Campbell’s ma returns, hears suspect’s witness

BANAUE, Ifugao–The mother of slain US Peace Corps volunteer Julia Campbell made an emotional return to this mountain town Wednesday, listening to a defense witness that brought back to her sad memories of the tragedy that had befallen her and her family exactly a year ago.

Linda Campbell, 65, said it was important for her to come back to Banaue for Tuesday’s hearing since it fell on Julia’s first death anniversary, and the first time that the defense was presenting its witnesses.

“It is very difficult for us (members of the family) to be in the US. It is different for us just to get a report as to what has happened (in the hearings) as compared to actually hearing the witnesses,” she said.

The trial of the main suspect in the Campbell killing, Juan Donald Duntugan, resumed here Tuesday, the first time that a hearing was held in this same town where the killing took place on April 8, 2007. Previously, hearings of the Regional Trial Court branch 34 were held in the capital town of Lagawe, 25 km from here.

The 40-year old Campbell, a volunteer English teacher at a school in Albay, was killed April 8 last year, Easter Sunday, while trekking alone in remote Batad village, about 10 km from the town proper.

Duntugan is facing murder charges after confessing to police investigators that he had killed Campbell. He, however, claimed that he had committed the crime in a supposed fit of sudden rage.

Linda, accompanied by Julia’s best friend and fellow journalist Catherine Quayle and Peace Corps colleague Kate Kochersberger, cited the agony of having to take a 20-hour flight from the US, only to be listening to the witnesses and be reminded of the details surrounding Julia’s death again.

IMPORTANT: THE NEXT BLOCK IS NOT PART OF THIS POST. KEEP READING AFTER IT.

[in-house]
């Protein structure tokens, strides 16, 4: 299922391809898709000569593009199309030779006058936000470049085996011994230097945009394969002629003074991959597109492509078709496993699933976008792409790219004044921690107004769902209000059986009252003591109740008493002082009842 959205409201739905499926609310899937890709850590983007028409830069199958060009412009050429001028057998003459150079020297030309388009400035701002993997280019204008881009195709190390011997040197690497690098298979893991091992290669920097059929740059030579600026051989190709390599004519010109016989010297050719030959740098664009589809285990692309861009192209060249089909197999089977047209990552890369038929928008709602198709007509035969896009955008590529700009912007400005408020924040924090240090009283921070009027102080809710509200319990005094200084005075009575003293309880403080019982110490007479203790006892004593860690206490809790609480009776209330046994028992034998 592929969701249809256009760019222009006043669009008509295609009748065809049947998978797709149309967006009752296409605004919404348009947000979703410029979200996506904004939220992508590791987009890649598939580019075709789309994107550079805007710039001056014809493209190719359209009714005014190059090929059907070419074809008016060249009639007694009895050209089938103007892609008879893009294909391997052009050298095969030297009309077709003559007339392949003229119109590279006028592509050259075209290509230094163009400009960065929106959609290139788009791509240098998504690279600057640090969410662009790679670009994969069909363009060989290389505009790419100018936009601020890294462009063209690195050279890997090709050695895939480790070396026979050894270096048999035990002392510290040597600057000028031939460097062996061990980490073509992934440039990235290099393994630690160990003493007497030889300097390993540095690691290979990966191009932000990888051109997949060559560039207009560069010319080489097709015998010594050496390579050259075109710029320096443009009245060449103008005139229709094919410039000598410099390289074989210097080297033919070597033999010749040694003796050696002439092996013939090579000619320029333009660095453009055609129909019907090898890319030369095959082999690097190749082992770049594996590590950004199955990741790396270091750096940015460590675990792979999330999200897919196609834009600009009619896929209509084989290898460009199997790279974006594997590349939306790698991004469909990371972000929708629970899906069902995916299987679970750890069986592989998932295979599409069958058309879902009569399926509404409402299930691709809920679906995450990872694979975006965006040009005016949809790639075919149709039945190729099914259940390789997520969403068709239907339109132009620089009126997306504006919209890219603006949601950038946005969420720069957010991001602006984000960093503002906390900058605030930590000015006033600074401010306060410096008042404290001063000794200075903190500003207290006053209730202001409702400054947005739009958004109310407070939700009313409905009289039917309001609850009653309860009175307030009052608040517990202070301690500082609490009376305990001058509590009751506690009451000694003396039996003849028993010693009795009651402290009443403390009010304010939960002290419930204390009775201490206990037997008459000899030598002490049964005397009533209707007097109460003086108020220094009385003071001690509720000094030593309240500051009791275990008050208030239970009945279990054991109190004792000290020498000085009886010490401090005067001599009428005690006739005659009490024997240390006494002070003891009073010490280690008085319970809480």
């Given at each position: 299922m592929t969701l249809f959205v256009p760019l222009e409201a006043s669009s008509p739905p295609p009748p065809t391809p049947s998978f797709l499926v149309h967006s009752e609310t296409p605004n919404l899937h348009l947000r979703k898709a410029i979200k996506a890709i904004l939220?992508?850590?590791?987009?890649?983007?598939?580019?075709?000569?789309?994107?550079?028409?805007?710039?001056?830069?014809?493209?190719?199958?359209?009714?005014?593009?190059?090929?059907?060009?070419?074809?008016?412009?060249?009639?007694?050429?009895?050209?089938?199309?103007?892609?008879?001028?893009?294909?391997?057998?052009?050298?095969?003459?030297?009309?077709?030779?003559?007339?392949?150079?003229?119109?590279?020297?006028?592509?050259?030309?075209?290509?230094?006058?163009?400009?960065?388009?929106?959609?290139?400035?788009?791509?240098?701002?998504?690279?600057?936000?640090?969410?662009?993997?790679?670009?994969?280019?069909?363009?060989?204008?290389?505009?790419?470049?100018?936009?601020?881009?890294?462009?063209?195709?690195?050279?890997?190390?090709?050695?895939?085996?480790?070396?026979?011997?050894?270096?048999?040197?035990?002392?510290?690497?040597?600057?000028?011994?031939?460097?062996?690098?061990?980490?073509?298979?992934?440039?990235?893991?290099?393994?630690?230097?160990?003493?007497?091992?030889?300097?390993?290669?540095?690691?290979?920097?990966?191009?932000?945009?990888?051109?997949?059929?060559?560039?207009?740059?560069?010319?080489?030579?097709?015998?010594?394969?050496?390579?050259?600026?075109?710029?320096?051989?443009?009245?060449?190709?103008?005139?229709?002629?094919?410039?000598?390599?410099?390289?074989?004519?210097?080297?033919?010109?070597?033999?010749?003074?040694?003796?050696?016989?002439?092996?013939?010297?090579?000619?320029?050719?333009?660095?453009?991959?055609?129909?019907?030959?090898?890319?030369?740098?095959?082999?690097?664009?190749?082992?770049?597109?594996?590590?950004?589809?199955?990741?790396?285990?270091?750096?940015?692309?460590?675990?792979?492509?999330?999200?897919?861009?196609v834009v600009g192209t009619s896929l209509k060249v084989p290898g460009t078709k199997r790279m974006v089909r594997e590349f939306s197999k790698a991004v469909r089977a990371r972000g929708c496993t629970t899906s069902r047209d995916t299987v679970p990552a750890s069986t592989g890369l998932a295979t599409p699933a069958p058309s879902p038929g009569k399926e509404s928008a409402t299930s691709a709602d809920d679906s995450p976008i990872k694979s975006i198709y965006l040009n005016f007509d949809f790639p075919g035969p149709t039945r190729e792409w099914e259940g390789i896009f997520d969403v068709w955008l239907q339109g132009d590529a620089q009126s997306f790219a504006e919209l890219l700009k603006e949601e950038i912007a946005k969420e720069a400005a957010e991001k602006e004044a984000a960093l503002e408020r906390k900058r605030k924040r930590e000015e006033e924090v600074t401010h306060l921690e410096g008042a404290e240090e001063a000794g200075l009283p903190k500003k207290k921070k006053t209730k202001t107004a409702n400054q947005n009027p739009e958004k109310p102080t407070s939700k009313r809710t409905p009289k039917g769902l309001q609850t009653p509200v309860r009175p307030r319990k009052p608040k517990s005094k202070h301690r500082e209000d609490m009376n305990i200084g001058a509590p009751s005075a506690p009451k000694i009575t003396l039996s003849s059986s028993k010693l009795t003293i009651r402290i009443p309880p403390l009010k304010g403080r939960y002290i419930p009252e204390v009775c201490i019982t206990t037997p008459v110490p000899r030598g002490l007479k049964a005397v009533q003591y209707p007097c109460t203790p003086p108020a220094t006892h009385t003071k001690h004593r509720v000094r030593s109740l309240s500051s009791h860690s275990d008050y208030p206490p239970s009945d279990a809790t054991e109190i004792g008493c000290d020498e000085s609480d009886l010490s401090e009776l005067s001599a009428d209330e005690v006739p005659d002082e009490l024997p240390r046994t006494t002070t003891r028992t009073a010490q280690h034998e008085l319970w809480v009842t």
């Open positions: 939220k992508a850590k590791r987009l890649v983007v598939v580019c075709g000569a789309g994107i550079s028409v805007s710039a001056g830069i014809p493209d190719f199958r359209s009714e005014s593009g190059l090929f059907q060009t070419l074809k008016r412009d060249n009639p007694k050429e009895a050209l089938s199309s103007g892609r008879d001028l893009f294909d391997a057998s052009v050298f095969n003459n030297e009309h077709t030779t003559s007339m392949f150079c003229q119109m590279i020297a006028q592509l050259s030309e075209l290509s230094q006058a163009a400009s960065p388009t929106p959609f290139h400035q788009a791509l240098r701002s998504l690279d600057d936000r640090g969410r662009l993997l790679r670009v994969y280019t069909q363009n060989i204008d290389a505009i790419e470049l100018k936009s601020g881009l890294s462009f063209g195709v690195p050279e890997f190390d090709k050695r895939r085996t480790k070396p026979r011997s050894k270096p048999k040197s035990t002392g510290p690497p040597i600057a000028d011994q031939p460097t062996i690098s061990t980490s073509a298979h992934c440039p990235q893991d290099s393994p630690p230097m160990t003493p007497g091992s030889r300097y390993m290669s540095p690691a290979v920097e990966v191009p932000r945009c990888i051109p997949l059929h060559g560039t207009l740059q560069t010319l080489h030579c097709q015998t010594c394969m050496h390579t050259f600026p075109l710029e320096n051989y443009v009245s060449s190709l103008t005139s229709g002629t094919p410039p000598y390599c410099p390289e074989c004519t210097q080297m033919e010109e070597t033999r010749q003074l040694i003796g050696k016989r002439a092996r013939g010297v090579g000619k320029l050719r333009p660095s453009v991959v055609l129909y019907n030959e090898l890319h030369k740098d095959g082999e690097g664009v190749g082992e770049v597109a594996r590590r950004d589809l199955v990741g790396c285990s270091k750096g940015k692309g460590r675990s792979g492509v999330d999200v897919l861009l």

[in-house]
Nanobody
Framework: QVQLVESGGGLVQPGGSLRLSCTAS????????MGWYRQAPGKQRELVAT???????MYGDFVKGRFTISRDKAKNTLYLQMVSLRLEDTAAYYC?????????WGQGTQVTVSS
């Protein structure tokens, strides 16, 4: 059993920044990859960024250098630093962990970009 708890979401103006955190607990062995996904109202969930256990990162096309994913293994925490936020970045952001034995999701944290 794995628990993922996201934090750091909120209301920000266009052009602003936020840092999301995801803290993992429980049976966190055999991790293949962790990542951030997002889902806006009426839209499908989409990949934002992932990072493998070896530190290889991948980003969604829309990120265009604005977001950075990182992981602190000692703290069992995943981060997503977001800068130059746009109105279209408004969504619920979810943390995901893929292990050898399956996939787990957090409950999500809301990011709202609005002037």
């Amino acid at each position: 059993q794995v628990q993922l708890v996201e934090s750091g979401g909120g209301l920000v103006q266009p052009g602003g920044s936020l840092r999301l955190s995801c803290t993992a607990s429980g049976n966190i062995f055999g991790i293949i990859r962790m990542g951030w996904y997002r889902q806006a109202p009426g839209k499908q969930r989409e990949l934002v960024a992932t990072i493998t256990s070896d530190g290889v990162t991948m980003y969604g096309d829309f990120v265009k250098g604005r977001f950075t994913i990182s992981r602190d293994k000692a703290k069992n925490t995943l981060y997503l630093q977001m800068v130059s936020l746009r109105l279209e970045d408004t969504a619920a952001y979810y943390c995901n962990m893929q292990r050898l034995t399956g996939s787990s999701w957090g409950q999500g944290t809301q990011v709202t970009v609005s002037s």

“It is really awful,” she said, adding her disappointment that she did not get to listen to defense other witnesses as she had expected.

Linda first visited the country in September last year to take the witness stand for the prosecution. She testified on the material as well as emotional loss that she and the family suffered due to Julia’s death.

“I would have liked it very much to listen to what the mother would have to say about this,” she said, referring to Duntugan’s mother Jane, who defense counsels earlier listed as a witness.

Jane was withdrawn as a witness in yesterday’s hearing. Duntugan’s lawyers said the subject matter of her testimony has already been covered by their first witness, PO3 Arnold Dalluyon.

It was through Dalluyon, Duntugan’s uncle and a member of the Ifugao police, whom the suspect arranged his surrender to authorities on April 27 last year.

In his testimony, the witness recounted how the accused asked to be fetched from his hiding place in Asin Road in Baguio City, and how he was eventually turned to Supt. Pedro Ganir, then provincial police director.

The defense was trying to establish Duntugan’s voluntary surrender to the police, in an attempt to lower his criminal liability after owning up to Campbell’s killing.

Private prosecutors, on the other hand, tried to shatter Dalluyon’s testimony by citing supposed inconsistencies in his statements surrounding negotiations for the suspect’s surrender.


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